Date of Award


Degree Type


Degree Name

Master of Science (MS)


Biological Sciences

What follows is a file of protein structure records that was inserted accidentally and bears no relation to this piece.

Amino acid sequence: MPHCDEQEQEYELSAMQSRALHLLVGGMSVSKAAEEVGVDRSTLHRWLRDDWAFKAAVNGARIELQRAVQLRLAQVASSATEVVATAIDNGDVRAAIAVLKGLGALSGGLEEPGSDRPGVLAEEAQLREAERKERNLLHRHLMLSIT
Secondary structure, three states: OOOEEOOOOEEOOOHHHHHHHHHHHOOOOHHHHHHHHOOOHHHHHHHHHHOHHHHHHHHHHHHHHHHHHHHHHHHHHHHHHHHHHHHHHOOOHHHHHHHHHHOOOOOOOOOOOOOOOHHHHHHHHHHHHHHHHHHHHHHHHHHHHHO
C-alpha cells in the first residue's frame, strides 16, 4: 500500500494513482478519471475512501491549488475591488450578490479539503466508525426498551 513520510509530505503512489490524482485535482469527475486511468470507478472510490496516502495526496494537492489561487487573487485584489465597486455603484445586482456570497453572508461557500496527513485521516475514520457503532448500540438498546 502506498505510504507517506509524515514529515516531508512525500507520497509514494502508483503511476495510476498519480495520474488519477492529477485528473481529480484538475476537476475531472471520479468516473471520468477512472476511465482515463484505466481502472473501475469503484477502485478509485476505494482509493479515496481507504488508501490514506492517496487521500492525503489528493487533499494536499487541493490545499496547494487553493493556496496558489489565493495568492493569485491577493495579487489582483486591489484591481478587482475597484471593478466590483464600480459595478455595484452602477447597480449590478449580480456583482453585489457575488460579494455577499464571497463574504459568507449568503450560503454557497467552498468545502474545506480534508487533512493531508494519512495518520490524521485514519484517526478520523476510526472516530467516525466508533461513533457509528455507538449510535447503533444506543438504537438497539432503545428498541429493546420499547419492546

The ecological "health" of aquatic ecosystems is important to scientists, resource managers, and the general public. In order to properly protect or restore the integrity of an aquatic system we must first accurately assess its present condition. The Index of Biotic Integrity (IBI) is a relatively new approach to this problem which utilizes the characteristics of a lake's fish assemblage to assess lake health. My study focused on developing an Index of Biotic Integrity for several small lakes in New York. The objectives of my study were to (1) select metrics applicable to the set of eight small lakes, (2) calculate an Index of Biotic Integrity for these lakes, and (3) to evaluate the ability of the IBI to estimate the condition of the lakes in terms of anthropogenic impact. The results of the 181 assessment were evaluated via comparison with assessments based on two other methods: a standard rating based on water quality and watershed data and a modification of the Trophic State Index (TSI). Results showed that neither the 181 or TSI could accurately assess the level of anthropogenic impact completely. Although the 181 was unable to correctly assess the level of impact on all study lakes, the results were encouraging and several metrics showed promise for uses outside the realm of the IBI. Furthermore, a comprehensive assessment based on the results of all three methods used in this study produced the best overall results.